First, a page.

It was lonely, sometimes, being the only person in this world who had this special gift, this cursed talent, that compelled him to rip open peoples' masks and look within them, to realize what people he thought were special were just like everybody else. Human beings were alike, all of them, thought alike, dreamed alike, were almost all exactly the same.
He'd tried to save feeling for the people he wanted to feel for, the people he thought were unique and individual, and resist the pull and enticement of the minds that beckoned to him, waiting for him to see inside, this is what I really am.
It was almost masochistic, Elliot thought, as Marcel rose from the bed, muttering something about getting dressed for the dinner he was taking Elise out to tonight. Did he know who Elise was? No, of course he didn't. Marcel had just met Elise this afternoon at the swim meet. And was Elliot going to be here tonight? Yes? Then he'd have to take her somewhere else in case there was "business" to be taken care of. He hoped Elliot would have a good evening. And it was funny, very funny, that Elliot had thought he hadn't enjoyed his time with the Hamilton girl. Of course he had. They had a date next Friday.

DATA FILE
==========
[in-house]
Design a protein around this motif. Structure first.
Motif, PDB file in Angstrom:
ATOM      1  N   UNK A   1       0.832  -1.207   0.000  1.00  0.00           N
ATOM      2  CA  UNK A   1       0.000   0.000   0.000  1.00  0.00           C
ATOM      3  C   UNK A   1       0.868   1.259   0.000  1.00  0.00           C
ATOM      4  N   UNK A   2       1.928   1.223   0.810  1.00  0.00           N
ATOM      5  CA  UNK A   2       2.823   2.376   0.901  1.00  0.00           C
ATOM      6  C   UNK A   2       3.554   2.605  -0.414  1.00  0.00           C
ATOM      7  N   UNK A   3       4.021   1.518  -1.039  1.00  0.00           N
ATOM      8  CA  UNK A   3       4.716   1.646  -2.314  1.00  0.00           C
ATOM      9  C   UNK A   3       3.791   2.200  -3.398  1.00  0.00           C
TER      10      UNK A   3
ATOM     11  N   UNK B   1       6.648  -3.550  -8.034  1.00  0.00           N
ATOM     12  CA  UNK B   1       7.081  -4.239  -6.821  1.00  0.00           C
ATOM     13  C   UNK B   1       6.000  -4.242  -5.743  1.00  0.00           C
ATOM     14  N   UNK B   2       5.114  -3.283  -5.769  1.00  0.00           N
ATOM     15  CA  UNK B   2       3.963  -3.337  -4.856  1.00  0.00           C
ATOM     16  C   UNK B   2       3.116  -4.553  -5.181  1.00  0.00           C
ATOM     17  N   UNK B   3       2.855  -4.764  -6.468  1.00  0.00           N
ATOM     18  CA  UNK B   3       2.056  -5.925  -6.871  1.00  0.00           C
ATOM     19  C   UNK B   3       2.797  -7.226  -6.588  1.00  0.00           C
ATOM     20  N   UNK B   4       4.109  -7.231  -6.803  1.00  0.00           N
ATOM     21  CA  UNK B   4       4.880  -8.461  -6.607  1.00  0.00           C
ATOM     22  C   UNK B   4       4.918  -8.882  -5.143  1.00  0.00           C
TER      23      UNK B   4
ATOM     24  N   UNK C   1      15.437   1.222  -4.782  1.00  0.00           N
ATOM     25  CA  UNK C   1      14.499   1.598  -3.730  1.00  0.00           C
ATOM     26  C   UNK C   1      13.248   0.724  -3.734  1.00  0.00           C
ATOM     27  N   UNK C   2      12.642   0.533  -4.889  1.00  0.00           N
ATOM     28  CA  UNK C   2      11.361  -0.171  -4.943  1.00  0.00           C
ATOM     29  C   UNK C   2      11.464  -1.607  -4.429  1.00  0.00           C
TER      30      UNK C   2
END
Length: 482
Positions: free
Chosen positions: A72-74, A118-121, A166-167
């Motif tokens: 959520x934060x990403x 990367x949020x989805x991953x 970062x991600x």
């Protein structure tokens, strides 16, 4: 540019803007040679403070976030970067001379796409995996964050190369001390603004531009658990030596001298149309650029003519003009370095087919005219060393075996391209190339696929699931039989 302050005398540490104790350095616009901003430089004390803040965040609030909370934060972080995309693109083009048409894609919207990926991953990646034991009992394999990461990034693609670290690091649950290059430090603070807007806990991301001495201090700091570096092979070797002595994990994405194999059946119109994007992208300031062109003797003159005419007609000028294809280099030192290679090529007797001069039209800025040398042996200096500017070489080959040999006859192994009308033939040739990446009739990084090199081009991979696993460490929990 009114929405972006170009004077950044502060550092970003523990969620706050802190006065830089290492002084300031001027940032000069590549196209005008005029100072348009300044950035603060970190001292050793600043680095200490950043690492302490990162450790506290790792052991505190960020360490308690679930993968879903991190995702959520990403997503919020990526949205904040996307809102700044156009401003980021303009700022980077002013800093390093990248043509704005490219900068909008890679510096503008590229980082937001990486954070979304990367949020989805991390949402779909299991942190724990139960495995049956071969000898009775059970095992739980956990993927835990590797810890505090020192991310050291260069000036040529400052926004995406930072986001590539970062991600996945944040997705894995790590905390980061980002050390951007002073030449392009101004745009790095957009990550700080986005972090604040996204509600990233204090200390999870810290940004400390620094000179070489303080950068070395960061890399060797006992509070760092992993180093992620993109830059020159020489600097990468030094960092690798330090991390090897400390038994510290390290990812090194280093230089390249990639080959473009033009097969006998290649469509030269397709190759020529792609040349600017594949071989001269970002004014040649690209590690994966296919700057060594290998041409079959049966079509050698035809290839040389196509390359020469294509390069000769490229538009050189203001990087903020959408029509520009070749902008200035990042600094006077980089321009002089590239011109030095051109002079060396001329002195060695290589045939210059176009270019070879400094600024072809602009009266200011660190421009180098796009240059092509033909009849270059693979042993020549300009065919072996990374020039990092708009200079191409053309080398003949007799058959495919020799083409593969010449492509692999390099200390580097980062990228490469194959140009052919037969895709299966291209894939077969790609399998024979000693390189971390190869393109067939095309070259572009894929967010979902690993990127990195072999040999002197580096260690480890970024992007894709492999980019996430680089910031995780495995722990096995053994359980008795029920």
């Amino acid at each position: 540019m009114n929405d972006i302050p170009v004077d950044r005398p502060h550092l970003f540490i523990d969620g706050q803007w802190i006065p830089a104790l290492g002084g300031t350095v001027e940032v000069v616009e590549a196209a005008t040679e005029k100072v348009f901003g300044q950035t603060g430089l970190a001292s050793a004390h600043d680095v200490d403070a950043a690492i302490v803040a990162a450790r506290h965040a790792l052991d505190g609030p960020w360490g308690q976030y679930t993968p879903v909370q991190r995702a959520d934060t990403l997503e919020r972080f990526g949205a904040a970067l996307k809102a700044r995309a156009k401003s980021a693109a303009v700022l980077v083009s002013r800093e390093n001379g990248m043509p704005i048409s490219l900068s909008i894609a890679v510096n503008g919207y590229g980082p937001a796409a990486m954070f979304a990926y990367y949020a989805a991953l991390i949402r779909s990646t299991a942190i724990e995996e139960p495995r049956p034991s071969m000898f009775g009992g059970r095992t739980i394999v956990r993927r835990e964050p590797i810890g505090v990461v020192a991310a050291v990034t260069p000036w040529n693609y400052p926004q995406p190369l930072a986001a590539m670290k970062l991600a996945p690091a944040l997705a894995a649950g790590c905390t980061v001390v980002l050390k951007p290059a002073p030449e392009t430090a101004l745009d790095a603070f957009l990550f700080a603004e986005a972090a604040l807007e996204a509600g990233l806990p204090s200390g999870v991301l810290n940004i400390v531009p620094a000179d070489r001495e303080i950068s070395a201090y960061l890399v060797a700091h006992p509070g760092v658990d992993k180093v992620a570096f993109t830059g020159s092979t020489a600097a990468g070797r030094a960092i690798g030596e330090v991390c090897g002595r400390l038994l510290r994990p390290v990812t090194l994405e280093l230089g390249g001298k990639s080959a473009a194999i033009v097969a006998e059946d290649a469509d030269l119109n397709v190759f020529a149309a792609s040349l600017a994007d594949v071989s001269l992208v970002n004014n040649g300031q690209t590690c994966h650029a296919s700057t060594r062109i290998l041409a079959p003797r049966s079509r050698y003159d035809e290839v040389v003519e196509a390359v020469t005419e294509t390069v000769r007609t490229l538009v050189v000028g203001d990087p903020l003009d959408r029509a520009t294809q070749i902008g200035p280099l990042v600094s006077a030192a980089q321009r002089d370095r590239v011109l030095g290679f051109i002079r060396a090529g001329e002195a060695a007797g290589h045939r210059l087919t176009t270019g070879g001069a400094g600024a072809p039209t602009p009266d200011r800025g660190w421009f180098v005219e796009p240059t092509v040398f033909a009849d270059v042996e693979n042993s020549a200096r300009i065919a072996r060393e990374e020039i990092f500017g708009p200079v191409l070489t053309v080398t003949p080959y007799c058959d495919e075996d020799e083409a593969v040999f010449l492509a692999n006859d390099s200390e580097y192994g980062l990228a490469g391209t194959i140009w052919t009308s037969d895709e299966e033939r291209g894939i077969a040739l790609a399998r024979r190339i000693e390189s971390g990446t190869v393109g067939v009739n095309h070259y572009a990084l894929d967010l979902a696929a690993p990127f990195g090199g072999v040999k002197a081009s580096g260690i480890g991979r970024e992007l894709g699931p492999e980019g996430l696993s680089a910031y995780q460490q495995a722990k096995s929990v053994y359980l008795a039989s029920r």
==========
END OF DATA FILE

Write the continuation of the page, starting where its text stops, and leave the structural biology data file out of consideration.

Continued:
It was almost masochistic, Elliot mused, as he watched Marcel put on a navy blue silk shirt and a pair of black pants and walk into the bathroom, picking up a random comb and raking it through his hair. It was almost masochistic that he'd torture himself like this, thinking his mother loved him when in truth it was only responsibility that held the both of them together-- thinking that his father had loved his mother when it was only her wealth and prestige that had attracted him to her-- thinking that if he somehow, managed to exploit secrets that people kept from the world by diving into their heads, that it would bring him closer to them. It wouldn't. There would always be a barrier between Elliot and the real world, the one where people blissfully ignored one another's faults and loved each other as they did.
And Elliot wondered if, even with his ability, that he was incapable of detecting that reddish aura, mixed with purples and blues-- love, maybe?
It was always there, the strongest one out of the yellows and oranges of happiness, the green of serenity, the black of melancholy, and the blue of sorrow. Love and anger were both red, he had sensed them now and then, but the two were intermingled sometimes, and he couldn't pull them apart. Therefore, he saved himself the trouble and labeled all red as anger, ferocity, even if he knew it wasn't true.